The Black Arts Movement was the artistic expression of the Black Power movement. The artistic revolution lasted from 1965 to 1975 but is generally recognized as a 1960s movement. The assassination of Malcolm X sparked the fire for the African-American community, specifically in Harlem, propelling artists to break away from the dominating American culture. There was a tremendous breakthrough ...
The Black Arts Movement was the artistic expression of the Black Power movement. The artistic revolution lasted from 1965 to 1975 but is generally recognized as a 1960s movement. The assassination of Malcolm X sparked the fire for the African-American community, specifically in Harlem, propelling artists to break away from the dominating American culture. There was a tremendous breakthrough in literature, drama, poetry, music and dance. The movement has been criticized for being misogynistic, racially exclusive and anti-Semitic. Yet the Black Arts Movement inspired other minorities in America, such as Native Americans, Latinos and gay and lesbian groups, to explore their ethnic backgrounds through art and literature.
The Black Arts Movement was strongly based on the Black Power movement. Larry Neal, in his 1968 essay "The Black Arts Movement," saw the cultural and political revolutions as "the necessity for black people to define the world in their own terms." In response to the death of Malcolm X, Neal determined that "Malcolm's ideas had touched all aspects of contemporary black nationalism: the relationship between black America and the Third World; the development of a black cultural thrust; the right of oppressed peoples to self-defense and armed struggle; the necessity of maintaining a strong moral force in the black community; the building of autonomous black institutions; and finally, the need for a black theory and social change."
As a result of the civil rights movement, African Americans needed to find their own venue for artistic expression in defiance against the oppression of white culture. Enforcers of the cultural revolution claimed that "Art is the Arm of the Revolution." Black art was meant to depose the white aesthetic and was utilized as a propaganda tool. Larry Neal specified the aims of the emerging black aesthetic: "The motive behind the Black aesthetic is the destruction of the white thing, the destruction of white ideas, and white ways of looking at the world."
Ron Karenga, in his 1968 essay "Black Cultural Nationalism," claimed that "all Black art, irregardless of any technical requirements, must have three basic characteristics which make it revolutionary. In brief, it must be functional, collective and committed." All black artists had an all-encompassing, motivating agenda: to assert the cultural heritage of African Americans and direct the black community toward a meaningful future.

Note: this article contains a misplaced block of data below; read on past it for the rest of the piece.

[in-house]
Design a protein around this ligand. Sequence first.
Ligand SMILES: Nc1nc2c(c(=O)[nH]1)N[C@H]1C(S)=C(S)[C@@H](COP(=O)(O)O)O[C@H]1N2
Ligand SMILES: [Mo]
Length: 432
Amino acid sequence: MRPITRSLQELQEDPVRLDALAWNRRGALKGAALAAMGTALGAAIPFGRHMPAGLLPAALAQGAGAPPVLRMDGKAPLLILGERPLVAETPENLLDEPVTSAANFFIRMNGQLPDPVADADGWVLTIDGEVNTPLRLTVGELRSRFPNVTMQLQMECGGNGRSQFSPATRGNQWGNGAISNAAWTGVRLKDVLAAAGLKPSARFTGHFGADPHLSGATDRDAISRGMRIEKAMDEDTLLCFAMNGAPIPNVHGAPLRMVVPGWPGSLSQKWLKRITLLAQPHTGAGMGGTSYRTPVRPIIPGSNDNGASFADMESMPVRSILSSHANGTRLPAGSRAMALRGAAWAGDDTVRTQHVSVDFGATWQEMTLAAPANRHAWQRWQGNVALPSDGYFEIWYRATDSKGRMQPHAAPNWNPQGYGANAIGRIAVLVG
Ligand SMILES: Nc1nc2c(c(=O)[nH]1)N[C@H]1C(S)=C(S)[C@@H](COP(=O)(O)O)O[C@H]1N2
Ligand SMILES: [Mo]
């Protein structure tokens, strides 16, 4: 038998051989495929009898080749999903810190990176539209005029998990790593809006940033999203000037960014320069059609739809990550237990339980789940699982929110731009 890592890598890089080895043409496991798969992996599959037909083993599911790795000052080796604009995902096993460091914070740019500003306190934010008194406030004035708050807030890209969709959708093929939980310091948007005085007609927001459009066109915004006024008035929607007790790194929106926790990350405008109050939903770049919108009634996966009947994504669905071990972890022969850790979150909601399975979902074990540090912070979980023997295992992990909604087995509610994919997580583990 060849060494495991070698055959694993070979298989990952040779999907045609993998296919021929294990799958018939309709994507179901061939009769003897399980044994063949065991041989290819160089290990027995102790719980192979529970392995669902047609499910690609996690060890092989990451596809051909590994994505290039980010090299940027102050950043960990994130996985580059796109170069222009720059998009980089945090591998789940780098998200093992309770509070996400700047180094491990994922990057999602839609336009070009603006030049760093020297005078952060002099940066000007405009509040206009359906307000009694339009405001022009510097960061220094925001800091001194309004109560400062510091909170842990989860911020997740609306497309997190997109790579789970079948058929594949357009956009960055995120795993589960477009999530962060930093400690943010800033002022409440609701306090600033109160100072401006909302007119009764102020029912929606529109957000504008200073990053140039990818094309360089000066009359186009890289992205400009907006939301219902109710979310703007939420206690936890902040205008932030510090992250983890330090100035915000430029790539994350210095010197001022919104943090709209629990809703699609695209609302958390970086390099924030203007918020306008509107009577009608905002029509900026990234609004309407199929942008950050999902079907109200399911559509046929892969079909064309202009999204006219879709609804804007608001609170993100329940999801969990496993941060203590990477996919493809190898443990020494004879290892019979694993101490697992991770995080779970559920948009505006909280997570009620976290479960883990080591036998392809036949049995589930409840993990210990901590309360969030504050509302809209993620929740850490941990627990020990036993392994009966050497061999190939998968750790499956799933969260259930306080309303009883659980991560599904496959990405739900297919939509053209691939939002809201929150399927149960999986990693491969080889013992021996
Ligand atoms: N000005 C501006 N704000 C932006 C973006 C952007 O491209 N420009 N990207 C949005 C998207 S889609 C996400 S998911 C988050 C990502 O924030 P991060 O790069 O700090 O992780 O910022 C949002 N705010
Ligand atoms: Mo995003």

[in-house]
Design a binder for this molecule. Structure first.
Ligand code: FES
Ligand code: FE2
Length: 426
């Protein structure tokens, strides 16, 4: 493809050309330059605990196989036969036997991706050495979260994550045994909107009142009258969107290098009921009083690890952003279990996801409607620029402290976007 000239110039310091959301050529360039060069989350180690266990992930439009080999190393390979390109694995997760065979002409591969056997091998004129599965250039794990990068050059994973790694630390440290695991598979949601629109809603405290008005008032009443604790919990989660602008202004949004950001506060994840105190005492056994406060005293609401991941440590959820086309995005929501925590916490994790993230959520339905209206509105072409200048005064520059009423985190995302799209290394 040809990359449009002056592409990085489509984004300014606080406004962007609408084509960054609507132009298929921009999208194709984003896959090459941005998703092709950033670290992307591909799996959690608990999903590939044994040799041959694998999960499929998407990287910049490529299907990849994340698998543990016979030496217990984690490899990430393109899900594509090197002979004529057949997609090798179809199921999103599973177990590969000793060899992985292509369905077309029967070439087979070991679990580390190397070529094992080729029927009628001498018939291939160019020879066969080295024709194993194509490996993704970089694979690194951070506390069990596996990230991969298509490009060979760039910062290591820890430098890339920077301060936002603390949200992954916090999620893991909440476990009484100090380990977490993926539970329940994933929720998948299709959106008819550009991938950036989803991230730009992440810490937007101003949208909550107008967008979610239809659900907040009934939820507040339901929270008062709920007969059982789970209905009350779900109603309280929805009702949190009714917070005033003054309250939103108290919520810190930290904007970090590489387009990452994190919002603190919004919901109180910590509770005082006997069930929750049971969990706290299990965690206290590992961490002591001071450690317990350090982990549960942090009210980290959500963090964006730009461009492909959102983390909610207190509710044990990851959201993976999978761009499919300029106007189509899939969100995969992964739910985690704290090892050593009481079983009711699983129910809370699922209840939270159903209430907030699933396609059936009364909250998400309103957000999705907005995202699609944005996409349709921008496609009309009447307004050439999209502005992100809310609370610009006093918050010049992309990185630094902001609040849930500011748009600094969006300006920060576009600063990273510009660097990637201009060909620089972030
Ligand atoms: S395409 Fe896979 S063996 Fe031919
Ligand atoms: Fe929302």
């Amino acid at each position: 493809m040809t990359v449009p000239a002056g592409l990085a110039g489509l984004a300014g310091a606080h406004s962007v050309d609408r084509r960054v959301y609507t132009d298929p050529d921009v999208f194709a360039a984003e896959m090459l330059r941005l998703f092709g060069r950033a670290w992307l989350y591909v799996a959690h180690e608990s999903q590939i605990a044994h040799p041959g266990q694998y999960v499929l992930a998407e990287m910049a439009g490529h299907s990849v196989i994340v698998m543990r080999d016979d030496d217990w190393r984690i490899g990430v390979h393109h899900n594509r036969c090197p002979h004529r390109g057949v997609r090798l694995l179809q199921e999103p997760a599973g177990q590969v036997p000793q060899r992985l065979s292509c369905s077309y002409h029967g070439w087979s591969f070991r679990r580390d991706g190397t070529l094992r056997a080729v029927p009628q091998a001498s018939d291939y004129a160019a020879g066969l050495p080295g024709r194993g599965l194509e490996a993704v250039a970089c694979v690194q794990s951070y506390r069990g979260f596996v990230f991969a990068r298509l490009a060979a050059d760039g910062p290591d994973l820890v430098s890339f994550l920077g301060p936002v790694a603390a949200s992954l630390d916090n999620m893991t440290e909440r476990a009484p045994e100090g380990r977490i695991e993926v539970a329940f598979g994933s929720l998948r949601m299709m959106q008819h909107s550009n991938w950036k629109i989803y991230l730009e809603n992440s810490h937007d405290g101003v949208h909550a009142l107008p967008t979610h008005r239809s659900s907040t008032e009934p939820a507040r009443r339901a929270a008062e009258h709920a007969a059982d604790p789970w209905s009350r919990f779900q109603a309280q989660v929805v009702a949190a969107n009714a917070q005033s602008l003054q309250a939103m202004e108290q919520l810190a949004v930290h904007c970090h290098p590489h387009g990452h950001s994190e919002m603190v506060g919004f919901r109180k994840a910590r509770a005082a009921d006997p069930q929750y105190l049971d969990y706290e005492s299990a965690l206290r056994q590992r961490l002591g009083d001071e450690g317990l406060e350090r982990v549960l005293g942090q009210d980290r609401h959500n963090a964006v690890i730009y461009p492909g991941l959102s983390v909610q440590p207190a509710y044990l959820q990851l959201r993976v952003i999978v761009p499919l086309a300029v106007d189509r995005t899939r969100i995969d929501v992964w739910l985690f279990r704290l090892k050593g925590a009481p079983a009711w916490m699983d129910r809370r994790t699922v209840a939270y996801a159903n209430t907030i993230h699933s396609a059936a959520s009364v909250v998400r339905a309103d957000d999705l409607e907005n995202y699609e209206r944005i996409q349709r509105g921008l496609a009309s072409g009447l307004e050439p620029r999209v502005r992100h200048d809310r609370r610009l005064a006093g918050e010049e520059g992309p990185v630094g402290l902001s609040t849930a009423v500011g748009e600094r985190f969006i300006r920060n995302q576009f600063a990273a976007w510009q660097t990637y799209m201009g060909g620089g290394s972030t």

The Black Arts Movement was most active in the Northeast, specifically in Harlem. Many associate the birth of the Black Arts Movement with Amiri Baraka's (formerly known as LeRoi Jones) move from the Lower East Side of Manhattan to Harlem. Baraka was an influential poet, dramatist, essayist and music critic. His work was often controversial; his poetry emphasized the need to resort to violence in order to "establish a Black world." Baraka viewed poetry as a powerful weapon, thereby defining the cultural revolution as a militaristic artistic movement. Baraka opened the Black Arts Repertoire Theater School (BARTS) in New York City. Other important poets of the Black Art Movement included Gwendolyn Brooks, Haki R. Madhubuti, Gil-Scott Heron and Eldridge Cleaver, and there are many others.
The proliferation of the movement toward the West and Midwest depended largely on mass publications of newspapers and literary journals. The Umbra magazine broke away from the dominant white literary presence and focused mainly on poetry. The Harlem Writer's Guild dedicated itself to fiction. The guild included writers such as John O. Killens, Maya Angelou, Jean Carey Bond, Rosa Guy and Sarah Wright. The San Francisco Bay Area was a primary location for jazz and poetry enthusiasts. Other movements that directly affected the Black Arts Movement were the Revolutionary Action Movement and the Nation of Islam led by Elijah Muhammad in Chicago. Student protests in favor of the Black Power movement broke out in African-American schools, particularly in the South and Washington, D.C.
Despite its controversies and the fact that it rejected the more pacifist approach of the civil rights movement, the Black Arts Movement left a lasting imprint not only on African-American culture, but on all American cultures. Ishmael Reed, an important African-American author and poet, described the influence of the Black Arts Movement: "I think what Black Arts did was inspire a whole lot of Black people to write. Moreover, there would be no multiculturalism movement without Black Arts. Latinos, Asian Americans, and others all say they began writing as a result of the example of the 1960s. Blacks gave the example that you don't have to assimilate. You could do your own thing, get into your own background, your own history, your own tradition and your own culture. I think the challenge is for cultural sovereignty and Black Arts struck a blow for that."